“The barbarians caused great damage in the Roman lines with the large number of their projectiles and their over-long spears on the armored riders who fought down from their camels and horses. In close combat, however, the Romans were superior to them; but when the numerous cavalry and camel riders harassed them more and more, they faked a quick retreat and threw foot rods (lilies) and other sharp staples behind them. Since they immediately disappeared in the loose sand, they could not be seen by the advancing enemies, which should be their undoing. Because as soon as the horses and especially the camels stepped on these spikes with their sensitive hooves, they lame and fell on their knees, so that their riders were thrown off. "

- Herodian, 4.15. 1-3

Armored infantry units in the late Roman army

After completing their military service, Sarmatian mercenaries were settled in Gaul or Britain , among other places , so the Cataphractarii units they provide have Gaulish or Celtic-sounding uniform names:

  • Biturigenses,
  • Ambianenses and
  • Albigenses.

In the Roman army, however, the number of cataphract and clibanary units was never particularly high. As with the mounted archers, it can be assumed that there were several smaller companies that were assigned to the regular cavalry units only for special tasks and therefore did not appear on behalf of their associations. Far from all of the cataphracts and clibanarians came from the east. The names of their relatives, which were found on tombstones, suggest extensive recruiting in the western part of the empire.

Cataphracts and Clibanary Units in the Late Roman Army (Western and Eastern Empire)
or headquarters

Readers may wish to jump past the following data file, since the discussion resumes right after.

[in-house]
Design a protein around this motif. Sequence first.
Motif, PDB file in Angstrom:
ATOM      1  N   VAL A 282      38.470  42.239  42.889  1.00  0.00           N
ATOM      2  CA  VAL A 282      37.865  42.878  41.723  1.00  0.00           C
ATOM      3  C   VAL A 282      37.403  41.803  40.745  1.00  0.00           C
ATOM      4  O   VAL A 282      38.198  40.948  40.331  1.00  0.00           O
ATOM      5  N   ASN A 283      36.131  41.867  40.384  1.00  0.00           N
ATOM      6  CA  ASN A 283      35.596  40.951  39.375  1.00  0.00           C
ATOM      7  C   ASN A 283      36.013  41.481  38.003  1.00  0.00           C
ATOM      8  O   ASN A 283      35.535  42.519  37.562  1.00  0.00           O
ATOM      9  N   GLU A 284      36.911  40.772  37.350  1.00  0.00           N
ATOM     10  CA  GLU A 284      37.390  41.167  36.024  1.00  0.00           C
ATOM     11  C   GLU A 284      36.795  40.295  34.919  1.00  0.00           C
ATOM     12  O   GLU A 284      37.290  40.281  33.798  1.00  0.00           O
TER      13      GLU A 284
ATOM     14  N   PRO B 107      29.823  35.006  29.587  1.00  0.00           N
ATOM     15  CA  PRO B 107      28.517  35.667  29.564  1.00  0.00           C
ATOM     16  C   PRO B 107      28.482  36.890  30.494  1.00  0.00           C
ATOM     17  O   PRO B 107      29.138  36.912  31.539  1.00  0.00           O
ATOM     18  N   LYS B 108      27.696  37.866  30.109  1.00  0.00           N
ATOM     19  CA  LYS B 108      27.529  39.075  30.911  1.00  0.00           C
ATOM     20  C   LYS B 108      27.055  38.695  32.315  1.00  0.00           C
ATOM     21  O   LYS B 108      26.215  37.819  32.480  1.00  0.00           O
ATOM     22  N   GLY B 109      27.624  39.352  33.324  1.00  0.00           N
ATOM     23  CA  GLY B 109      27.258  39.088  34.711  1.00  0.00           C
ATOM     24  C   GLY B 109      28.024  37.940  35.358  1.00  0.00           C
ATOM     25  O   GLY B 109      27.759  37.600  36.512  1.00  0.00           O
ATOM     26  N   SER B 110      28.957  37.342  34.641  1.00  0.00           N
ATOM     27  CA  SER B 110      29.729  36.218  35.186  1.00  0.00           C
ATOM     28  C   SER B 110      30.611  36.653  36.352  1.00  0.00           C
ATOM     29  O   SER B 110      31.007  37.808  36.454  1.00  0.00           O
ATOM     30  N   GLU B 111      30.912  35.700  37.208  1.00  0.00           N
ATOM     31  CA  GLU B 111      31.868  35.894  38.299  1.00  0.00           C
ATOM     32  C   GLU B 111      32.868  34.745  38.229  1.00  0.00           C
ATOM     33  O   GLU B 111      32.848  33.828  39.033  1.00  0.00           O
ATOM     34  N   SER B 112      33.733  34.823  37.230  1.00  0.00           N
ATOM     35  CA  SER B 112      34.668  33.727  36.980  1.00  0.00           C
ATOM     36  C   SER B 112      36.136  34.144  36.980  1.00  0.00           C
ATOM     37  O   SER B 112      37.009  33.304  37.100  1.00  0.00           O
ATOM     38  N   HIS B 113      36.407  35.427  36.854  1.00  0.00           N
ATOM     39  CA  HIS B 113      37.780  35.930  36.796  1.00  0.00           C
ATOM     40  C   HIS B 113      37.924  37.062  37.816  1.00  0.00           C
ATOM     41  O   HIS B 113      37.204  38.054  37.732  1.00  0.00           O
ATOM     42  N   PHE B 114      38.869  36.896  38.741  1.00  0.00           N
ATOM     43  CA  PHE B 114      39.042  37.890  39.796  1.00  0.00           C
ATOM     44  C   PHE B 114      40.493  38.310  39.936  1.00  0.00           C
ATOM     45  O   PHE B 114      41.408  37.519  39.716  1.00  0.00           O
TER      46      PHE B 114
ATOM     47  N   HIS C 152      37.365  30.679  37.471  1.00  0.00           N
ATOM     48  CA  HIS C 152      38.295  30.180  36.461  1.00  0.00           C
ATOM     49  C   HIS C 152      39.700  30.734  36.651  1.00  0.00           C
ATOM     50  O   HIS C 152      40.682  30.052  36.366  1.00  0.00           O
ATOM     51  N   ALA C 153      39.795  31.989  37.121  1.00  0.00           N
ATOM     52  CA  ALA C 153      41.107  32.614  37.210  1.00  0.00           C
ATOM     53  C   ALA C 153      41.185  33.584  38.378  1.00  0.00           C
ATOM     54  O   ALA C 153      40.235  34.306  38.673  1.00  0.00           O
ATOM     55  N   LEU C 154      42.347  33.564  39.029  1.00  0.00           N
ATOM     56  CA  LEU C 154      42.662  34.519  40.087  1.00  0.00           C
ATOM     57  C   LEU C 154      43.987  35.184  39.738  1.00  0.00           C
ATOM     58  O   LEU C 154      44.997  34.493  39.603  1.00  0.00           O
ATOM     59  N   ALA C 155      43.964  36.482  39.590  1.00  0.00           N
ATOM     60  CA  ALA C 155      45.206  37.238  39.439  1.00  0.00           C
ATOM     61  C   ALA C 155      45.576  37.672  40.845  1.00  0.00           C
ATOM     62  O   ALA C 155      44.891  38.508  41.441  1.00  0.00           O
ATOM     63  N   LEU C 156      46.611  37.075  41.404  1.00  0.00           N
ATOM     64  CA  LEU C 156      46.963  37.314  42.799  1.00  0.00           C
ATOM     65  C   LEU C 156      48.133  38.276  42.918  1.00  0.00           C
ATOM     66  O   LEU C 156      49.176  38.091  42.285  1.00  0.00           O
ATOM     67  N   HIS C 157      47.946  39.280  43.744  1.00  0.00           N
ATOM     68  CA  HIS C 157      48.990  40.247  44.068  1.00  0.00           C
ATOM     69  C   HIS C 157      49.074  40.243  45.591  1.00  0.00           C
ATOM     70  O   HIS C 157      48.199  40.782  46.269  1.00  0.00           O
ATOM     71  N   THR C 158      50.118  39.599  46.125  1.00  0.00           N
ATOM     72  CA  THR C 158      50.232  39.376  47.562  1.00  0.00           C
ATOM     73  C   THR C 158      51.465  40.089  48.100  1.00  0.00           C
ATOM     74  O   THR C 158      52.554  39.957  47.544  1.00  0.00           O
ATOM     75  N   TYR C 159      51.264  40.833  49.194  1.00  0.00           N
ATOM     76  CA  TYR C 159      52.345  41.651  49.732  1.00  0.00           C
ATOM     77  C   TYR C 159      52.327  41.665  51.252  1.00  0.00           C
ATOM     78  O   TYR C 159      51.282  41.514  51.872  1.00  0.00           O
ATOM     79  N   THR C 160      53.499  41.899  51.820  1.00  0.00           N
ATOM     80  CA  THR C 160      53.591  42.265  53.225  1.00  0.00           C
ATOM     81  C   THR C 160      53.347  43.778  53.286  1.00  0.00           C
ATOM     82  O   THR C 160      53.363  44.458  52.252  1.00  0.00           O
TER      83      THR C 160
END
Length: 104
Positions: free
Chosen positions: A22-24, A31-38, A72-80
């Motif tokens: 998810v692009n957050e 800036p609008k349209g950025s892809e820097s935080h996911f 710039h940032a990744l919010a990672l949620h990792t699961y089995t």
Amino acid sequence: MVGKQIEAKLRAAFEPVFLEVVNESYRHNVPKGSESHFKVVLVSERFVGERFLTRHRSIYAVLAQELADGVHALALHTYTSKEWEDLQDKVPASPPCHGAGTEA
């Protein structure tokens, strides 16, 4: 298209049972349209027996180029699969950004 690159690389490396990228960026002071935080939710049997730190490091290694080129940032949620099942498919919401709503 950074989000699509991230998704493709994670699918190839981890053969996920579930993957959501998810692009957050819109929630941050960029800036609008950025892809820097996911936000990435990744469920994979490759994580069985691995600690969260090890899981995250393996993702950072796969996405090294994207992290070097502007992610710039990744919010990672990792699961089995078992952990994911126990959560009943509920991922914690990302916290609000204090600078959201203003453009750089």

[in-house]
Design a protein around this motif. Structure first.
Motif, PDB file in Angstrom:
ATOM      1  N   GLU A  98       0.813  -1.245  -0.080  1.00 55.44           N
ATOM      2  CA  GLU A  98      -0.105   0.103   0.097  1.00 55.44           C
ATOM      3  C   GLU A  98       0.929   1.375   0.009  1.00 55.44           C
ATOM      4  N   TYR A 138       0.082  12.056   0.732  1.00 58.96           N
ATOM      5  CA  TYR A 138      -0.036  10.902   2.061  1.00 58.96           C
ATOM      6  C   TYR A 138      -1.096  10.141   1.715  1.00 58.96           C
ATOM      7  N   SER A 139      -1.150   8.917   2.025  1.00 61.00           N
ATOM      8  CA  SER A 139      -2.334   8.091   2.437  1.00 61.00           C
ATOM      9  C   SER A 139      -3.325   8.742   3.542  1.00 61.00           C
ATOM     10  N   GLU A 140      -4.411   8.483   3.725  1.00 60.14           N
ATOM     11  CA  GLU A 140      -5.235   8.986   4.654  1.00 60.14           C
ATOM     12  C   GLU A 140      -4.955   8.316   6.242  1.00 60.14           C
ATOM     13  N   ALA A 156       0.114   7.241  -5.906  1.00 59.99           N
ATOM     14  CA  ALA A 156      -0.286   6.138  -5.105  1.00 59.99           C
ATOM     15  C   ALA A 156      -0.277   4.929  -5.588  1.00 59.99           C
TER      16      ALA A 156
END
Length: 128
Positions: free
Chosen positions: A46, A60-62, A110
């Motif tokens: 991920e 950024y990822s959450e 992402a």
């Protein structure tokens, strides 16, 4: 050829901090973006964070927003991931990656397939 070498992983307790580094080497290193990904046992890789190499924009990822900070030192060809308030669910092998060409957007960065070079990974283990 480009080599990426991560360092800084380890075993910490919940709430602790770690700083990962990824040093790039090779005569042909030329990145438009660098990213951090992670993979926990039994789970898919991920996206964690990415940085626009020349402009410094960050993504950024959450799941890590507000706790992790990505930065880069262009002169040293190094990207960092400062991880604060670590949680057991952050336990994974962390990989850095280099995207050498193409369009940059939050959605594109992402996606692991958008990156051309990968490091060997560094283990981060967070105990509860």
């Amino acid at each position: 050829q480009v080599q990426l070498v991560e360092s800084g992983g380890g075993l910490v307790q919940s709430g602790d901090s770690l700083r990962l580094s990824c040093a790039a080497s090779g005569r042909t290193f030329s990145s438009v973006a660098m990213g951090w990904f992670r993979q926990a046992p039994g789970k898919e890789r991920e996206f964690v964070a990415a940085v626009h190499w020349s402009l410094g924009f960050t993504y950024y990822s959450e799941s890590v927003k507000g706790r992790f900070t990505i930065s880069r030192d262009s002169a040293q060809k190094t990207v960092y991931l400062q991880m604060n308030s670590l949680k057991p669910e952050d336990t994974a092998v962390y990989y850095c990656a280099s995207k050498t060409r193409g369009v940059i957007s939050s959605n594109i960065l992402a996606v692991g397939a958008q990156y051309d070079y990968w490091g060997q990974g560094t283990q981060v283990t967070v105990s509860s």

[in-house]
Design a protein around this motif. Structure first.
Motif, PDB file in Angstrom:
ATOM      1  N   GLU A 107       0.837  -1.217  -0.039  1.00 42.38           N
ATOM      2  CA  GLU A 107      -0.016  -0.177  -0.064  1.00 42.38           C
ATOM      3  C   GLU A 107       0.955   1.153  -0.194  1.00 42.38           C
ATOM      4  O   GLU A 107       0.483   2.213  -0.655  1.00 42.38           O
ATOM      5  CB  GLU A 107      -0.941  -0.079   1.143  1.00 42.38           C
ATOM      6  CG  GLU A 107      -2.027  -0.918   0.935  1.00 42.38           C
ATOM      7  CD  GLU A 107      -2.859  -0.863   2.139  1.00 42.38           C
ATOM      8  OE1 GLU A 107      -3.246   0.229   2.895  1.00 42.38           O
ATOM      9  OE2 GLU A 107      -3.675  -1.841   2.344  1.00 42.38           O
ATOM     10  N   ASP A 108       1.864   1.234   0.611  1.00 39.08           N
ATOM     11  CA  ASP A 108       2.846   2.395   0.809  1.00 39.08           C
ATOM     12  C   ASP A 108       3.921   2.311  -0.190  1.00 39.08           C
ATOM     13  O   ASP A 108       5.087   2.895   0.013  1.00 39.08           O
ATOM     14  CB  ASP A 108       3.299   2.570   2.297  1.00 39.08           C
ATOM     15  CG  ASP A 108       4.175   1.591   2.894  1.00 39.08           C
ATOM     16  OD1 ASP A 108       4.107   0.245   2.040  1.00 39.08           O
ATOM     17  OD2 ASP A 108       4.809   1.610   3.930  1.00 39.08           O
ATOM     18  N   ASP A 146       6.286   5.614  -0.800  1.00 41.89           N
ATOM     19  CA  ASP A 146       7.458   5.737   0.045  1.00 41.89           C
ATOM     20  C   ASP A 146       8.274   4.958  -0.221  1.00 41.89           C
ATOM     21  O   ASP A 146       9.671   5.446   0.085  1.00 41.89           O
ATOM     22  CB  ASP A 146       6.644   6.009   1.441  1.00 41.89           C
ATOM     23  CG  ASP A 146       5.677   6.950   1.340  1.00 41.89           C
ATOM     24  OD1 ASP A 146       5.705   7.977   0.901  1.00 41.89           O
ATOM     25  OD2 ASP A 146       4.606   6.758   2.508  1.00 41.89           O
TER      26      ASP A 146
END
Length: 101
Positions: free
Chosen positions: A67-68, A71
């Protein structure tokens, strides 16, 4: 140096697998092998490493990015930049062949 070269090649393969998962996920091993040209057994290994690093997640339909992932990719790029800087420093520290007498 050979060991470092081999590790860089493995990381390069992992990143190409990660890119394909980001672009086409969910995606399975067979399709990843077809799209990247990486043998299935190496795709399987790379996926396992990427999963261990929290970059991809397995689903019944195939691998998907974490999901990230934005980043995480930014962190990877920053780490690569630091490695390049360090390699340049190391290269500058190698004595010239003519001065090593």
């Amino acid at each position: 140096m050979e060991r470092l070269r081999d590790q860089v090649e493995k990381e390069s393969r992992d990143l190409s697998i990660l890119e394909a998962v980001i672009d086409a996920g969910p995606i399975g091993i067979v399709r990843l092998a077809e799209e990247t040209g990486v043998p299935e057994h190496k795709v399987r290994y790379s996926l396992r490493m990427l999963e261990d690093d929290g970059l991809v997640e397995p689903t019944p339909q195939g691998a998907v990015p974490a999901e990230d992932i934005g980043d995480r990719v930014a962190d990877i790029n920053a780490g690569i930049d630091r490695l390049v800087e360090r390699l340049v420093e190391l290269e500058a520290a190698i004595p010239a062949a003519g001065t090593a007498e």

Surname Number of
strength (highest level)
Comes domesticorum equitum Constantinople Schola scutariorum clibanariorum * 01 0500
Magister militum praesentialis I. Nicaea Comites clibanarii *
Equites cataphractarii Biturigenses
Equites I clibanarii Parthi
03 1500
Magister militum praesentialis II Adrianople Equites Persae clibanarii *
Equites cataphractarii
Equites cataphractarii Ambianenses
Equites II clibanarii Parthi
04th 2000
Magister militum per Orientem Antioch (Syria) Comites cataphractarii Bucellarii iuniores
Equites promoti clibanarii
Equites IV clibanarii Parthi
Cuneus equitum II clibanariorum Palmirenorum
04th 1750
Magister militum per Thracias Marcianopolis Equites cataphractarii Albigenses 01 0500
Dux Thebaidos Pambane Ala I Iovia cataphractariorum 01 0250
Dux Scythiae Arubio Cuneus equitum cataphractariorum 01 0250
Eastern Empire as a whole 15th 6750
Magister equitum praesentalis Mediolanum Comites Alani *
Equites sagitarii clibanarii
02 1000
Comes Africae Carthage Equites clibanarii 01 0500
Comes Britanniarum Londinium Equites cataphractarii iuniores 01 0500
Western empire as a whole 04th 2000
Guard units are marked with *.


Chronicle of Johannes Skylitzes , Codex Graecus Matritensis, Byzantine cataphracts attack the Bulgarians ( Biblioteca Nacional de España , Madrid )
Byzantine kataphraktoi of the 9th century

Link to the picture
(please note copyrights )